Insurers Face Rapidly Developing Talent Challenges

The traditional value exchange between carriers and professionals has given way to antagonistic goals undermining the development of institutional knowledge and a strong managerial pool.

(Image credit: Adobe Stock.)

The twin challenges of talent and knowledge management are central to many of the conversations we have with insurance carrier CIOs now. The demographic realities are increasingly clear. By 2030, 75 percent of the U.S. Labor Force will be made up of Zoomers and Millennials. The leading edge of Gen X will be picking up Medicare cards and eligible for retirement. That’s a profound wake up call.

When I had the opportunity to host RPM Ventures NC’s most recent Silicon Valley Innovation event, I was struck by several attributes of the participants. One was that the average age was notably lower than had been the case previously. A second was the very high level of technical proficiency that spanned the audience—which contrasted with a general lack of deep knowledge of the industry. It implies both opportunities and risks as companies prepare for what comes next.

At the same time, I was clearly aware of the angst in some of the tech firms going through difficult downsizings. Companies that not so long ago were enticing people with free food and flexible work accommodations, were now going through a painful transition of their own, with an implied contract (not a legal one) being broken. Hard work and loyalty no longer were the dues to be paid for stability and security.

This isn’t the first time we’ve seen that kind of painful shift, for those graced with long memories. When I worked for a Tier-1 life carrier early in my career we also had free food, onsite child day care, and other amenities which invited long term relationships. That went out of vogue at one point, and a whole new generation of employees learned to manage the risks of corporate life through developing an array of skills and experiences which could be portable. Careers became a matter of managing a series of  “tours of duty” that are around five years long, and for those who do it well, the security comes from an ability to plan carefully, always ready for the next big move.

Focus on Hard Skills Impedes Development of Managers

But that has a price to be paid. One example is that there can be a focus on hard, technical, skills which are clearly portable, but lead to critical talent gaps for employers. As a case in point, many now tell us that it is difficult to get younger employees to take on managerial roles. For one thing, it takes away from hard skill development. For another, it seems like those roles are particularly vulnerable when cost cutting season arrives.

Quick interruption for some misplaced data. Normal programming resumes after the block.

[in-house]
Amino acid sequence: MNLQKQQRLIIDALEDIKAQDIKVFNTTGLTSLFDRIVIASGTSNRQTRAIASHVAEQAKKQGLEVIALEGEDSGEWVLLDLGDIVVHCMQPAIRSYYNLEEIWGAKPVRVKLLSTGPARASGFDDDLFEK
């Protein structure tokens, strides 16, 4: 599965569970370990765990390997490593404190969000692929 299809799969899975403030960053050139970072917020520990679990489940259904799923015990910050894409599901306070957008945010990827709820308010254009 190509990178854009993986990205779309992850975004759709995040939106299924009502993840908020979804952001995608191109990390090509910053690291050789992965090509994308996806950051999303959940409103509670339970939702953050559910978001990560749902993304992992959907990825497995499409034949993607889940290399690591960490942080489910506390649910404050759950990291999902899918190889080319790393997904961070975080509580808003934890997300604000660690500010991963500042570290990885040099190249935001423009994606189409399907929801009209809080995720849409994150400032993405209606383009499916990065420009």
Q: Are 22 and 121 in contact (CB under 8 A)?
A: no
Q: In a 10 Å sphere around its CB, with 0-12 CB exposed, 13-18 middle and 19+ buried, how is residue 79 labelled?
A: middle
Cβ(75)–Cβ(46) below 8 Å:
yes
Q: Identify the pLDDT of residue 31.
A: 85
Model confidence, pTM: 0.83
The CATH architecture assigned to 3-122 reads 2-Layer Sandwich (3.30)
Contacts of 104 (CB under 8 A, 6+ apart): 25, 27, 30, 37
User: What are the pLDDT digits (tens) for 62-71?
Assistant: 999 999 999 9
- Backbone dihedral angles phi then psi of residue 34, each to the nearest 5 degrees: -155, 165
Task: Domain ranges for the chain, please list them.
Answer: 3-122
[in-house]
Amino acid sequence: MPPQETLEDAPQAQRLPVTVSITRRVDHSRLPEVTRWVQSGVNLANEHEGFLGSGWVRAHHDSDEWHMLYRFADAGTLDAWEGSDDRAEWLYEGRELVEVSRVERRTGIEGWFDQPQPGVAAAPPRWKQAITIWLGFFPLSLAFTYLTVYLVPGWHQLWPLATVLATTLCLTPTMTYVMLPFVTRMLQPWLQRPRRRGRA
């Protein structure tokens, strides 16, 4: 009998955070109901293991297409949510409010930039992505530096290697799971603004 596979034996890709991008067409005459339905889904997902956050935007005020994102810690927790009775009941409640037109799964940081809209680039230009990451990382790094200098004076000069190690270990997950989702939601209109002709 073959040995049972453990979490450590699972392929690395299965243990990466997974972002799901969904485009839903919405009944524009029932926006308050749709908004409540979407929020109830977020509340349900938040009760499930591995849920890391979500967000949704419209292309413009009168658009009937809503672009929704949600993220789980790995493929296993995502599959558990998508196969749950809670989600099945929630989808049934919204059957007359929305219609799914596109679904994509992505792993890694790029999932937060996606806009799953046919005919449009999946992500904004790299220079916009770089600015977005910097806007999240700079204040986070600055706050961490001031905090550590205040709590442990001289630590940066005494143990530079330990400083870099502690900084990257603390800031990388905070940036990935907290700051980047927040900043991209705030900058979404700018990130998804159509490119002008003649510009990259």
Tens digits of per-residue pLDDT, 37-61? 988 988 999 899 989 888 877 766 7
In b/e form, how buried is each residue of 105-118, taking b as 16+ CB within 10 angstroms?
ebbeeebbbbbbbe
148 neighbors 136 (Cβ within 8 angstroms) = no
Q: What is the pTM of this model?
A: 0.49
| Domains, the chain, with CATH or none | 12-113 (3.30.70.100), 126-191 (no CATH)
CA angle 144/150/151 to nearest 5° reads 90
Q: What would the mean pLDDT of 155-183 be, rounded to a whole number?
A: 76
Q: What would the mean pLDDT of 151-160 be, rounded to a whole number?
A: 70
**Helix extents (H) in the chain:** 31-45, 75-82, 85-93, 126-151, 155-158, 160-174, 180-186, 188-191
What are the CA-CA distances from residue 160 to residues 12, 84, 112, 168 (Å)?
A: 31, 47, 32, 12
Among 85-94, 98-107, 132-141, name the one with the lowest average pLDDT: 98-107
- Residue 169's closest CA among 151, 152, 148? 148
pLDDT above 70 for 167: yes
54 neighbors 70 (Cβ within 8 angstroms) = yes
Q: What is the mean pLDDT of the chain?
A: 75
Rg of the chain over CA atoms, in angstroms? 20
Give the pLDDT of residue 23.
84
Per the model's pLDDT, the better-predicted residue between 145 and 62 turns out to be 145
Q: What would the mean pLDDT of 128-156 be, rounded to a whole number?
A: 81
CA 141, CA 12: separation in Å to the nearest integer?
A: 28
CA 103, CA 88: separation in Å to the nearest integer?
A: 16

The advent of Gen AI into many organizations is fueling a new need for soft skills. As noted in a recent Fast Company article by USC professor Peter Cardon, the need to marry technical with the human elements are increasingly critical. Cyborgs may well be better than either pure human or technical capital, but integration is hard work. Many companies may have a new challenge trying to convince current and future workers that a shift in priorities is needed. No time to waste.

And yet changing minds and hearts, particularly when personal risks are involved, is difficult. A recent Washington Post article highlighted the challenge that exists for employees who have watched this century roiled by one financial crisis after another. Once and done transactions don’t change minds, but a commitment to long term changes can.

In an array of industries, such as manufacturing, we’ve seen companies (e.g., BMW) look to create longer term and more secure relationships with employees in recent years. It’s a work in progress but comparable approaches to training and development as part of more reciprocal, rather than transactional, relationships may be key to the future. Flexibility will clearly matter, but institutional knowledge is a form of IP that companies should manage carefully. The back half of the decade will be interesting, indeed. 

Fast Start For 2024: The Urgency of Talent Management

Rob McIsaac // Rob McIsaac is the President and CEO of RPM Ventures NC, LLC, an organization focused on developing deep and actionable insights that are specific to the insurance industry in North America. Prior to creating this, Rob served as an Executive Principal at Novarica (now Datos Insights), a technology research and advisory firm, where he leveraged his expertise in IT leadership and transformation as well as technology and business strategy for life, annuities, wealth management, and banking. He has broad experience in IT strategy and management in the insurance and financial services industries. Prior to joining Novarica, he served in a series of senior technology management positions including leading the Business Transformation Office at Nationwide Insurance, and as the Enterprise CIO for First Citizens Bank. Rob spent the majority of his earlier career at Guardian Life, where he was the Divisional CIO responsible for annuity, distribution and broker dealer operations, and at Prudential Insurance, where he held a variety of positions including leading e-Business development efforts. Rob holds a BA in Economics from Montclair State University, an MBA in Information Systems from Seton Hall University, and has received a number of business and technical designations from both LOMA/LIMRA and MIT. He can be reached directly at rob@RPMVenturesNC.Com.

Leave a Comment

(required)